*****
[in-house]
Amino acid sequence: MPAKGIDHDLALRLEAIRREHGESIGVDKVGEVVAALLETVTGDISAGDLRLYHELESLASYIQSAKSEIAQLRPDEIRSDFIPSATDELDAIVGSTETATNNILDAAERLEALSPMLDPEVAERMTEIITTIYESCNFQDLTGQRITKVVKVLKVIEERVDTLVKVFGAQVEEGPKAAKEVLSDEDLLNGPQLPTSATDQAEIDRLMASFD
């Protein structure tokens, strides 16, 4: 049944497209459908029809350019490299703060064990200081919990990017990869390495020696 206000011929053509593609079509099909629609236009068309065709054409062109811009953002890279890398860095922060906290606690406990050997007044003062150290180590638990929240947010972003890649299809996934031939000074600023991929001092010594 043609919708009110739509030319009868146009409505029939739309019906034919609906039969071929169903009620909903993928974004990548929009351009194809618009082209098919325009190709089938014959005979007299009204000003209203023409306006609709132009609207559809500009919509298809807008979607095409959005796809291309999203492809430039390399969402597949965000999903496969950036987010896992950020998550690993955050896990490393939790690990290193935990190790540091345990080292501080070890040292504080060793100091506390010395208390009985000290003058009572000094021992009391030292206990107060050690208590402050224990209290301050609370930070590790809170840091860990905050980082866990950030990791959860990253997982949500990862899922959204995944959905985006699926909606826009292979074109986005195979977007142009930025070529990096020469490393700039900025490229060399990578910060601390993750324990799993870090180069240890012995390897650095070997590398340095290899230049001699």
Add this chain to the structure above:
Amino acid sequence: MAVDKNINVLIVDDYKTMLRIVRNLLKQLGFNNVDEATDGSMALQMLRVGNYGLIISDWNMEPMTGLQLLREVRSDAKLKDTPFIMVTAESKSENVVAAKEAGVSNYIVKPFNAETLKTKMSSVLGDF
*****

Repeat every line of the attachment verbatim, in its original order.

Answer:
[in-house]
Amino acid sequence: MPAKGIDHDLALRLEAIRREHGESIGVDKVGEVVAALLETVTGDISAGDLRLYHELESLASYIQSAKSEIAQLRPDEIRSDFIPSATDELDAIVGSTETATNNILDAAERLEALSPMLDPEVAERMTEIITTIYESCNFQDLTGQRITKVVKVLKVIEERVDTLVKVFGAQVEEGPKAAKEVLSDEDLLNGPQLPTSATDQAEIDRLMASFD
């Protein structure tokens, strides 16, 4: 049944497209459908029809350019490299703060064990200081919990990017990869390495020696 206000011929053509593609079509099909629609236009068309065709054409062109811009953002890279890398860095922060906290606690406990050997007044003062150290180590638990929240947010972003890649299809996934031939000074600023991929001092010594 043609919708009110739509030319009868146009409505029939739309019906034919609906039969071929169903009620909903993928974004990548929009351009194809618009082209098919325009190709089938014959005979007299009204000003209203023409306006609709132009609207559809500009919509298809807008979607095409959005796809291309999203492809430039390399969402597949965000999903496969950036987010896992950020998550690993955050896990490393939790690990290193935990190790540091345990080292501080070890040292504080060793100091506390010395208390009985000290003058009572000094021992009391030292206990107060050690208590402050224990209290301050609370930070590790809170840091860990905050980082866990950030990791959860990253997982949500990862899922959204995944959905985006699926909606826009292979074109986005195979977007142009930025070529990096020469490393700039900025490229060399990578910060601390993750324990799993870090180069240890012995390897650095070997590398340095290899230049001699």
Add this chain to the structure above:
Amino acid sequence: MAVDKNINVLIVDDYKTMLRIVRNLLKQLGFNNVDEATDGSMALQMLRVGNYGLIISDWNMEPMTGLQLLREVRSDAKLKDTPFIMVTAESKSENVVAAKEAGVSNYIVKPFNAETLKTKMSSVLGDF